Saturday, March 08, 2008

Colorado study on collegiate helmet use

Image of bicyclist in Colorado
From the Coloradoan (Colorado State University), 03.07.08:

Study: Students fail to wear helmets around town
Tyler Boyd always wears a bike helmet when he mountain bikes. But on Wednesday afternoon, the Colorado State University junior hopped aboard his Schwinn five-speed and prepared to ride from campus to north Old Town--without a helmet. "I just don't want to carry it," Boyd said. "And I figure if I get hit by a car, I'll get hurt either way."

Boyd is not alone. A new study released by CSU this week says college students rarely wear bike helmets while riding around town, even though many of those same students wear a helmet while riding for fun or exercise. (Read more.)
Few topics are as certain to ignite a flame war among bicyclists as helmet use. Internecine arguments over helmet use distract from the necessary united effort to push policy makers to improve the overall safety of streets. My own attitude is that collision avoidance is a better strategy than collision mitigation. Ride smart; don't ride scared.

I trust individual bicyclists to make their own risk assessment, and decide for themselves. If bike advocates exaggerate the "danger" of bicycling, we won't attract many new bicyclists. If a bicyclist feels more comfortable while wearing a helmet, fine. If they choose not to wear a helmet, fine also. Bicycling is safe. Period.

When I mountain bike or ride fast on a weekend outing, I wear a helmet. When I commute I don't. (Just as I wore a helmet when I played collegiate football, but not when I play touch football with friends.) A community with an abundance of helmet-less bicyclists indicates a community where bicyclists feel comfortable and at ease on the streets. A bicycling-friendly community, in other words.

Bicycling is not combat--as this silly Jessica Simpson outfit suggests. (Kneepads?!?) Bicycling is safe.

Image: Coloradoan.
Visit: Paul Dorn's Bike Commuting Tips Site


Liam said...

I always wear a helmet and encourage others to do so as well. I never understand why the connection is always made with wearing helmets as protection from cars. Some people will wear helmets on roads but not on trails and bike paths.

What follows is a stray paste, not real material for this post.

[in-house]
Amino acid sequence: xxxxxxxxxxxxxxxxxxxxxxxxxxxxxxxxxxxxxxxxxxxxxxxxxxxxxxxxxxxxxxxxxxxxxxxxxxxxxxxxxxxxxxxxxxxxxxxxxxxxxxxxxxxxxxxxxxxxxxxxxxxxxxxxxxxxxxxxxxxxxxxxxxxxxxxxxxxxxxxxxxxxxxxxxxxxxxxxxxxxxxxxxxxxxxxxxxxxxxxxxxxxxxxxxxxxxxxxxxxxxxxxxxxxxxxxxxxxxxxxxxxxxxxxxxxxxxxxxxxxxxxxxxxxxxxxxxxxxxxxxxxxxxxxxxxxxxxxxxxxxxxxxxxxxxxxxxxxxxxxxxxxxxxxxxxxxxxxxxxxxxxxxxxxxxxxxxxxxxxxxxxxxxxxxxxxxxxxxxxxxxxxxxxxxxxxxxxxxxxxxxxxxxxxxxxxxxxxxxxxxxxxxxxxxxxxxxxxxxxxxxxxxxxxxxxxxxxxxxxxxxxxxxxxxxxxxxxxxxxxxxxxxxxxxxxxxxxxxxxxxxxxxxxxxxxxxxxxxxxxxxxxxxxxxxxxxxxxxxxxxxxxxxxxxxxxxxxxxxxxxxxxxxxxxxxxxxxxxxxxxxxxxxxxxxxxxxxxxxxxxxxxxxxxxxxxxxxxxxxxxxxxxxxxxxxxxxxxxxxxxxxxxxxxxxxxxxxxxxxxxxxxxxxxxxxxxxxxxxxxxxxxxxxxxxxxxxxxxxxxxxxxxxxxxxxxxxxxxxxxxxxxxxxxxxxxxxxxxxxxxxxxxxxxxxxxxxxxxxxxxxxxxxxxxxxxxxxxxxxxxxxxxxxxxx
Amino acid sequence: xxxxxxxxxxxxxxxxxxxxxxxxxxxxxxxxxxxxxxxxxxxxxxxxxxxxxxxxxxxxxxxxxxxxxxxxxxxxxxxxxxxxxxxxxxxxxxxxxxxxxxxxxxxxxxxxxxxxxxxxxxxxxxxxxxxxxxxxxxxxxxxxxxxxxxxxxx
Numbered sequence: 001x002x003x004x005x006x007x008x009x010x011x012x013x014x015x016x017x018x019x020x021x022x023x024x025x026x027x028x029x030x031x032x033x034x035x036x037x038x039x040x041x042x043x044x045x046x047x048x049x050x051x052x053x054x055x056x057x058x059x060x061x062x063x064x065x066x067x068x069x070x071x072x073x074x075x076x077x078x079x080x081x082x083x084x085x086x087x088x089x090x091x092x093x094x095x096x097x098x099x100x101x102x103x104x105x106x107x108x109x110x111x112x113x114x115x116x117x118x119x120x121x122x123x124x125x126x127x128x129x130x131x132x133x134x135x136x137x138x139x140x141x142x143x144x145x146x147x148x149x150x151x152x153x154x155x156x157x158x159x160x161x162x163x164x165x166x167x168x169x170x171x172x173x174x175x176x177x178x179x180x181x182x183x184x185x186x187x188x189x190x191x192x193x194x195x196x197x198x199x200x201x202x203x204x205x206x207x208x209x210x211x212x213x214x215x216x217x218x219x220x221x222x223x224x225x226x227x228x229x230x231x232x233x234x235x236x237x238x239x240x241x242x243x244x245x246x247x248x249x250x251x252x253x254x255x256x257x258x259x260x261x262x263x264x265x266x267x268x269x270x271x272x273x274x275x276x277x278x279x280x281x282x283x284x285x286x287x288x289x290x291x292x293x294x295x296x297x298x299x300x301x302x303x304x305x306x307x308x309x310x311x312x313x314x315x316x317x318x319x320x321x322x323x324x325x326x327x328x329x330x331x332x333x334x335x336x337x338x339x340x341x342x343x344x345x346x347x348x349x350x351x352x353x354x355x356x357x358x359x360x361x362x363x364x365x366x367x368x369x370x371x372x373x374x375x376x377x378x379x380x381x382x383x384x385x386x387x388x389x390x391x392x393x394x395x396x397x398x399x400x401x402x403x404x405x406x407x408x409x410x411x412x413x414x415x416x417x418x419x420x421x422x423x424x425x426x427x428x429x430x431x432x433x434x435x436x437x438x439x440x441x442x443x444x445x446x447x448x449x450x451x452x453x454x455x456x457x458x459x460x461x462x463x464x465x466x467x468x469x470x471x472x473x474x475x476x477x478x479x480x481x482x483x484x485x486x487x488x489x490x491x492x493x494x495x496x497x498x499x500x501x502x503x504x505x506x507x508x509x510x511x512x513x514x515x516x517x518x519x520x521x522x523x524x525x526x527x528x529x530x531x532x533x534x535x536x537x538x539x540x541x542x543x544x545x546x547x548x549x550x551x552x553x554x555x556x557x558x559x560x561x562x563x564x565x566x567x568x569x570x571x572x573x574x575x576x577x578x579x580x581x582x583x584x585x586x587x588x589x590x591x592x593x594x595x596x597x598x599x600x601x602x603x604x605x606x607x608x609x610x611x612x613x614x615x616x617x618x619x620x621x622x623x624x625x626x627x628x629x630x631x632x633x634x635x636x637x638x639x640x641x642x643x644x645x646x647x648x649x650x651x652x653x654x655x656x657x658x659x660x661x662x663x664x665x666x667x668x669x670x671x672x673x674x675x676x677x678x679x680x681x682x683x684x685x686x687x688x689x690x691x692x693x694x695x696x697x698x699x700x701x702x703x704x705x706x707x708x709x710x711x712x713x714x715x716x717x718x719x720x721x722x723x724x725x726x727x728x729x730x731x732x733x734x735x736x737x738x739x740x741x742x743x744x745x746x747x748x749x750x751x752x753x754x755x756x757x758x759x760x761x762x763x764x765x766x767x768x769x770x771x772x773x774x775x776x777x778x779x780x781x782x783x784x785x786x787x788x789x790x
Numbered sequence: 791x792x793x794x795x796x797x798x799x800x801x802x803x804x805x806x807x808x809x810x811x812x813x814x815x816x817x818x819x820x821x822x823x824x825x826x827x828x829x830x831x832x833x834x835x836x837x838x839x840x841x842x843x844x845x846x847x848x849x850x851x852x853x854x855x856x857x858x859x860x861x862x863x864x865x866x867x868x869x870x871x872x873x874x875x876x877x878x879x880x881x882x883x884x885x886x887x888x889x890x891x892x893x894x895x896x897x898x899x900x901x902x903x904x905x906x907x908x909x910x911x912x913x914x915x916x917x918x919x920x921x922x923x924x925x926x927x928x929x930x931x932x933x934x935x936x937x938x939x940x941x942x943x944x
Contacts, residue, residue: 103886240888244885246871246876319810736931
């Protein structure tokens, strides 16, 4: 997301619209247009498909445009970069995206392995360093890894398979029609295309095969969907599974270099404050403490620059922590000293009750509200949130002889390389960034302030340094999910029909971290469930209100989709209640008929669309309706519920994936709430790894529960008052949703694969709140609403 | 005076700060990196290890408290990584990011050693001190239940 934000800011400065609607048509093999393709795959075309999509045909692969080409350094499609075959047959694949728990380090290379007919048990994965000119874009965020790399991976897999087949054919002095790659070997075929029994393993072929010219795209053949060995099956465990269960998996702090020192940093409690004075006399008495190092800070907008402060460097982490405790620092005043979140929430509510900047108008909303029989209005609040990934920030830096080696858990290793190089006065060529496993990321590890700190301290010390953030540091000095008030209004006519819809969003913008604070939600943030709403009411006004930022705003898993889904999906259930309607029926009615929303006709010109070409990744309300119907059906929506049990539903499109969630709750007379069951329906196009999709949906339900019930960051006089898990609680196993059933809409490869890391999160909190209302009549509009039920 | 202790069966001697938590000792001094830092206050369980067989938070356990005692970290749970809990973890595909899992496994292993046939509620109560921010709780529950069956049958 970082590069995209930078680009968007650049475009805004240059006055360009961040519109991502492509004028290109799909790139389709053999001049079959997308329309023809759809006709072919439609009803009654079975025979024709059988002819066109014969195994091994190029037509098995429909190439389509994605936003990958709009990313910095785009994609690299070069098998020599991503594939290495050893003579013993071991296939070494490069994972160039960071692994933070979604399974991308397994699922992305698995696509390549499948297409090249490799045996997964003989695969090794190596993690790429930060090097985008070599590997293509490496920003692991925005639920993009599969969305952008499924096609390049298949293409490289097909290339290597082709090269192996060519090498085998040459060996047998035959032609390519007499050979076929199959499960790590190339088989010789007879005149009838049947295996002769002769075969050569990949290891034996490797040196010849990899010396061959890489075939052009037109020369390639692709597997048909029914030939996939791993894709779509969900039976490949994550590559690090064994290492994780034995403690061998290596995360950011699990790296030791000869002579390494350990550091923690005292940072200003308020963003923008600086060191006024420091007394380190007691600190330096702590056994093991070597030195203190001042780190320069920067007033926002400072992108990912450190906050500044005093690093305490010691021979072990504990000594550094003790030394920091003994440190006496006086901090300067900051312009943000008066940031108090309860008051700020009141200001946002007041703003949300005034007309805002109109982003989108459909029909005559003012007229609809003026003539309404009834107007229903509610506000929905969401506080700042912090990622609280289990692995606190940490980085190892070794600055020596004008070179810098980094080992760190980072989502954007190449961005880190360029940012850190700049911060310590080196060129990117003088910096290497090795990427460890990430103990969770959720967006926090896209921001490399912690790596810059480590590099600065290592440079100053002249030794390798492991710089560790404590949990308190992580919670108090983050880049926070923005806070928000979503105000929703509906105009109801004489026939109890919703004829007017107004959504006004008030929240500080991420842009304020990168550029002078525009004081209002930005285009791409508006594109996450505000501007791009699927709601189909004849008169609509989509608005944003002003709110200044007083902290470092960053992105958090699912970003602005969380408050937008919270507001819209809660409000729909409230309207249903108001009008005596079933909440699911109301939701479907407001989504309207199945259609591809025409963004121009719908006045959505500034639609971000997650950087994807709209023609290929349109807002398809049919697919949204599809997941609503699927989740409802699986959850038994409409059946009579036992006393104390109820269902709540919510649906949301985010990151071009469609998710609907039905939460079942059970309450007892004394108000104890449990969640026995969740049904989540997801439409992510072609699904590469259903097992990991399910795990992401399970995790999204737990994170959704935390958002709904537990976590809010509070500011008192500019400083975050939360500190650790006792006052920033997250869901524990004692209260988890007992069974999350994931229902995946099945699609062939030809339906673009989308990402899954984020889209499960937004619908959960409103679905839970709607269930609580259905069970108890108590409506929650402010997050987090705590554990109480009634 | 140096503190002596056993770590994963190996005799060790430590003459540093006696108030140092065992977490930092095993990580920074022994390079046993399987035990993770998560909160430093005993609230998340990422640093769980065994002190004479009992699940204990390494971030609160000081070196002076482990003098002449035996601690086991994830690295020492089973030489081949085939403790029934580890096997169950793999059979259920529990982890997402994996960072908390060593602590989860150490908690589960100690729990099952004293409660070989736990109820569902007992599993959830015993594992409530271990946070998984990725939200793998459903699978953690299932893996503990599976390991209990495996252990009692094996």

Helmets for me are not a protection from collision with cars but an attempt to mitigate the effects of trauma to the head in any type of bike accident. The types of accidents that cause direct trauma to the head are relatively rare but are far more likely to cause death or life-changing injury.

The closest I've ever come to hitting my own head was when I hit a bump in the road and flew over my handlebars. There was not a car around. Another cyclist I know was hit by a car and thrown from his bike and completely knocked out. At the hospital the doctors told him that a 1/3 of the helmet was shorn off. Had he not been wearing a helmet, that would have been his skull instead.

Helmets are cheap, light, and comfortable compared to the alternative. I wear mine knowing that like life insurance I probably won't need it on any particular day, but should it happen I do it will be worth it.

Tom said...

There you go Liam. I'm glad you get "peace of mind" from wearing a helmet.

I don't wear a helmet because I don't percieve enough danger to my noggin when I take my 3-speed for a spin around town to capitulate to the "nanny state". I do try to be aware of cars and never assume that cars see me.

I will say that a mandatory helmet law (now that I'm a law abiding citizen)will reduce the probability of me getting injured on a bike to zero.

That's because I will start driving to work.

zooplah said...

Tom, where I live, you have to wear a seat belt while driving or riding in an automobile. Isn't that a "nanny state"? How is requiring helmets worse?